This December see the next talk in the monthly 'Water Colloquium' series organised by WIRC @ Bath exploring the breadth of water research being undertaken at the University of Bath.
Title: Water Reclamation in North Africa
Speaker: Dr Tom Arnot
When: Tuesday 15th December at 5.15pm
Where: Room 3.15, Chancellors' Building, University of Bath (Location and maps)
Abstract: The Middle East and North African region (MENA) has a population of about 430 million people. In 2014 it received an annual average rainfall of about 75 mm, compared to 1300 mm in the UK. On top of this the region is mainly arid, very arid or hyper-arid and so evaporation due to high temperatures is a significant challenge. Climate change is driving the desert area north, so the relatively fertile and highly populated areas around the southern and eastern shores of the Mediterranean are also under threat. On top of this the region is politically unstable, with the Arab Spring being a recent sea change, but conflicts in countries like Syria, Iran, Iraq, Yemen, Libya, Algeria, Egypt, Jordan, Lebanon and Israel / Palestine are not new… Prompted by the ISIL attack in Paris, Prince Charles has recently asserted that climate change is the root cause of the instability in the MENA region. Whether you support his suggestion or not, access to water, or the lack of it, is frequently cited as a fundamental contributory factor in these unhappy conflicts.
Dr Darrell Patterson and Dr Davide Mattia, from the Department of Chemical Engineering, have received further international coverage of their EPSRC membrane research grant which has been featured in the Global Spotlight section of the US based publication Water Conditioning & Purification International magazine.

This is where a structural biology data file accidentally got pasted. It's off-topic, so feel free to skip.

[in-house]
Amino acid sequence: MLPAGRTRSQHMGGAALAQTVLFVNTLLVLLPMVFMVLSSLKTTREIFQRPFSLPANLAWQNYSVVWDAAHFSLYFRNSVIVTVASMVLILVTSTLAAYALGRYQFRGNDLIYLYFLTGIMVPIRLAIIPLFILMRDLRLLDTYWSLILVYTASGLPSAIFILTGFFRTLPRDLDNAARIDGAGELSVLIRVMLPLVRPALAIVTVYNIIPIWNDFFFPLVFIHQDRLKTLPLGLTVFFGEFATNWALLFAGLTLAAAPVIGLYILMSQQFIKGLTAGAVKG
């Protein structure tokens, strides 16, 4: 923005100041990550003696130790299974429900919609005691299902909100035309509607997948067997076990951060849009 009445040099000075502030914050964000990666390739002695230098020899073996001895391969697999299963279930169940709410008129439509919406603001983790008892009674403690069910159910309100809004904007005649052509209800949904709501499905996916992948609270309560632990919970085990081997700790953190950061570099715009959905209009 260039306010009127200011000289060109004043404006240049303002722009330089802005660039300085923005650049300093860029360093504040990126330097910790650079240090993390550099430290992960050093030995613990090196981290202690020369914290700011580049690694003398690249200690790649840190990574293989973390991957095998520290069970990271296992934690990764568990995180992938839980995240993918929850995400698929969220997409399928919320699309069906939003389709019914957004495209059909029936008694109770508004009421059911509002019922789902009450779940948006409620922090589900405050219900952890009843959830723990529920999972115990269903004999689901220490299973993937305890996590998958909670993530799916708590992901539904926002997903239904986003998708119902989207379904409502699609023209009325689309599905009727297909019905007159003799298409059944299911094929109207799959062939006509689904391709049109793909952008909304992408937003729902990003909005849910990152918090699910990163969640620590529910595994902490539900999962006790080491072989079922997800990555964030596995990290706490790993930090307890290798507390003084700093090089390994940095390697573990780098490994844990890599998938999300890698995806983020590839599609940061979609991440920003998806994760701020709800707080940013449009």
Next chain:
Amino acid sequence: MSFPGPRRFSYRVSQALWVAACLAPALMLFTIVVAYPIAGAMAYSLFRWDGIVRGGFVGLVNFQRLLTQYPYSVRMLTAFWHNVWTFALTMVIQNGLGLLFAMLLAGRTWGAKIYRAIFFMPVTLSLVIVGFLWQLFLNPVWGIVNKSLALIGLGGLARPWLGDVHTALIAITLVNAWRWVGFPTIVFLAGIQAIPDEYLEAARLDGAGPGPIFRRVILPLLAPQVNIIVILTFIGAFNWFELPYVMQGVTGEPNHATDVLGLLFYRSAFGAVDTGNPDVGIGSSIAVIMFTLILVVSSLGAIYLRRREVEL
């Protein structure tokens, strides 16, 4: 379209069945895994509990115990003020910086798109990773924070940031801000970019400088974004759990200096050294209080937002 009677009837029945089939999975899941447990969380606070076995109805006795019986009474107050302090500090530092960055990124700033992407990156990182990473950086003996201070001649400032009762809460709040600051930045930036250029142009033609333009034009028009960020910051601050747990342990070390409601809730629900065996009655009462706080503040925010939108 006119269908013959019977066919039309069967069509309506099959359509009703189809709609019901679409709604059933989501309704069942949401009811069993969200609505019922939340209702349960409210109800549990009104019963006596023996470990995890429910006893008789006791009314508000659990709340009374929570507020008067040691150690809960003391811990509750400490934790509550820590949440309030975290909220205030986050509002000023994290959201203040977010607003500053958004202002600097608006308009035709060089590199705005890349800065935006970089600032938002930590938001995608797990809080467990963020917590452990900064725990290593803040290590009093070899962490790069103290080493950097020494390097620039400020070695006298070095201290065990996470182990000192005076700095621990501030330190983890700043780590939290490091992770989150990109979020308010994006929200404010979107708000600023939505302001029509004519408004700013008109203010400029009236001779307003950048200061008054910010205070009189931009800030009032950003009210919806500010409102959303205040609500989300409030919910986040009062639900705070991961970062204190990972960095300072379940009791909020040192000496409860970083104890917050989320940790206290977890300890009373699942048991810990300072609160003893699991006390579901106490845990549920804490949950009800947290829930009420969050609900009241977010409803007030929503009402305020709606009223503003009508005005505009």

Read the article in the Global Spotlight section.
Read the original blog post about this grant.
Researchers from our University have been awarded a £1m Engineering and Physical Sciences Research Council (EPSRC) grant to research and develop the next generation of long lasting ‘immortal membranes’ that will be able to separate water from problematic particles such as pharmaceuticals or pollutants.
Dr Darrell Patterson and Dr Davide Mattia, in our Department of Chemical Engineering, are part of a collaboration between six UK universities that has been awarded a £6m EPSRC grant over five years.
This funding will enable a collaborative project entitled ‘From membrane material synthesis to fabrication and function’ (SynFabFun), led by Newcastle University, to establish a UK virtual membrane centre that will act to unite the UK membrane research community.
The programme will look at improving membrane performance in four main industry sectors important to the UK and worldwide: Energy, Manufacturing, Pharma and Water. In all these industries, membranes have the potential to, and in some cases already do, provide a lower energy alternative to existing separation technology, requiring significantly smaller capital costs.
Membranes are not yet widely used for some applications due to their operating costs, requiring periodic cleaning and, eventually, replacement. This is caused by the loss of permeability and/or selectivity during service, and is due to both the membrane material changing and degrading (known as ‘ageing’) as well as a build-up of unwanted material on the surface of the membrane (known as ‘fouling’).
Read the full article.